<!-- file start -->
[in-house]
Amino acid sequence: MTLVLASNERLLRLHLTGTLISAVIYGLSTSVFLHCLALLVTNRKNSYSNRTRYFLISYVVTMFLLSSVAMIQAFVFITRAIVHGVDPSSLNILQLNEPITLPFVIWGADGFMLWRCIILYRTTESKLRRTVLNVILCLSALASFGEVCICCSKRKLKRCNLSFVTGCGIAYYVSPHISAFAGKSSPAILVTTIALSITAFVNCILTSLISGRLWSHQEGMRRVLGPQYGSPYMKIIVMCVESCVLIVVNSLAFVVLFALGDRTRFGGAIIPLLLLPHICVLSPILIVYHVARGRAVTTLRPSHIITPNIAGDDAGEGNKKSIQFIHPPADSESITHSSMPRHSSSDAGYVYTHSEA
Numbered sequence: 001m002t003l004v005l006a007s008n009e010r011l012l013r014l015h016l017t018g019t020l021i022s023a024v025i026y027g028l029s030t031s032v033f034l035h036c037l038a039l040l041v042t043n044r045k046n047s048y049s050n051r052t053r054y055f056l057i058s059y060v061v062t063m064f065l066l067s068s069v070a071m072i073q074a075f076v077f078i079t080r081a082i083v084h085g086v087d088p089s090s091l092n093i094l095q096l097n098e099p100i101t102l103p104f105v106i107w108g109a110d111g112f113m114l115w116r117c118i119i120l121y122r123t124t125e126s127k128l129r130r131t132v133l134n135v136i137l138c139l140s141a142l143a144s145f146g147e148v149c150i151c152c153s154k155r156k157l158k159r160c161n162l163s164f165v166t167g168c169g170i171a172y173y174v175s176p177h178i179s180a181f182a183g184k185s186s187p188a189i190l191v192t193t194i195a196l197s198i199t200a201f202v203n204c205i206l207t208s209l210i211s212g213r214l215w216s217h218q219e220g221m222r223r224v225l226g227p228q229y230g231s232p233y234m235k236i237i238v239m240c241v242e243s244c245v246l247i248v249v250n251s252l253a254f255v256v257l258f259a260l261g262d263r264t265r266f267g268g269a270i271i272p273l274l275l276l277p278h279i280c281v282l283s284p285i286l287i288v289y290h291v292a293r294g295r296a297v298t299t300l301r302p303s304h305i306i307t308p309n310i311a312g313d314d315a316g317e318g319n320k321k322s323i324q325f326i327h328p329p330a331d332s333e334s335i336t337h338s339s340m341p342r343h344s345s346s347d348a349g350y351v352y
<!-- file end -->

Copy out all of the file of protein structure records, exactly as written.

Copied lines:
[in-house]
Amino acid sequence: MTLVLASNERLLRLHLTGTLISAVIYGLSTSVFLHCLALLVTNRKNSYSNRTRYFLISYVVTMFLLSSVAMIQAFVFITRAIVHGVDPSSLNILQLNEPITLPFVIWGADGFMLWRCIILYRTTESKLRRTVLNVILCLSALASFGEVCICCSKRKLKRCNLSFVTGCGIAYYVSPHISAFAGKSSPAILVTTIALSITAFVNCILTSLISGRLWSHQEGMRRVLGPQYGSPYMKIIVMCVESCVLIVVNSLAFVVLFALGDRTRFGGAIIPLLLLPHICVLSPILIVYHVARGRAVTTLRPSHIITPNIAGDDAGEGNKKSIQFIHPPADSESITHSSMPRHSSSDAGYVYTHSEA
Numbered sequence: 001m002t003l004v005l006a007s008n009e010r011l012l013r014l015h016l017t018g019t020l021i022s023a024v025i026y027g028l029s030t031s032v033f034l035h036c037l038a039l040l041v042t043n044r045k046n047s048y049s050n051r052t053r054y055f056l057i058s059y060v061v062t063m064f065l066l067s068s069v070a071m072i073q074a075f076v077f078i079t080r081a082i083v084h085g086v087d088p089s090s091l092n093i094l095q096l097n098e099p100i101t102l103p104f105v106i107w108g109a110d111g112f113m114l115w116r117c118i119i120l121y122r123t124t125e126s127k128l129r130r131t132v133l134n135v136i137l138c139l140s141a142l143a144s145f146g147e148v149c150i151c152c153s154k155r156k157l158k159r160c161n162l163s164f165v166t167g168c169g170i171a172y173y174v175s176p177h178i179s180a181f182a183g184k185s186s187p188a189i190l191v192t193t194i195a196l197s198i199t200a201f202v203n204c205i206l207t208s209l210i211s212g213r214l215w216s217h218q219e220g221m222r223r224v225l226g227p228q229y230g231s232p233y234m235k236i237i238v239m240c241v242e243s244c245v246l247i248v249v250n251s252l253a254f255v256v257l258f259a260l261g262d263r264t265r266f267g268g269a270i271i272p273l274l275l276l277p278h279i280c281v282l283s284p285i286l287i288v289y290h291v292a293r294g295r296a297v298t299t300l301r302p303s304h305i306i307t308p309n310i311a312g313d314d315a316g317e318g319n320k321k322s323i324q325f326i327h328p329p330a331d332s333e334s335i336t337h338s339s340m341p342r343h344s345s346s347d348a349g350y351v352y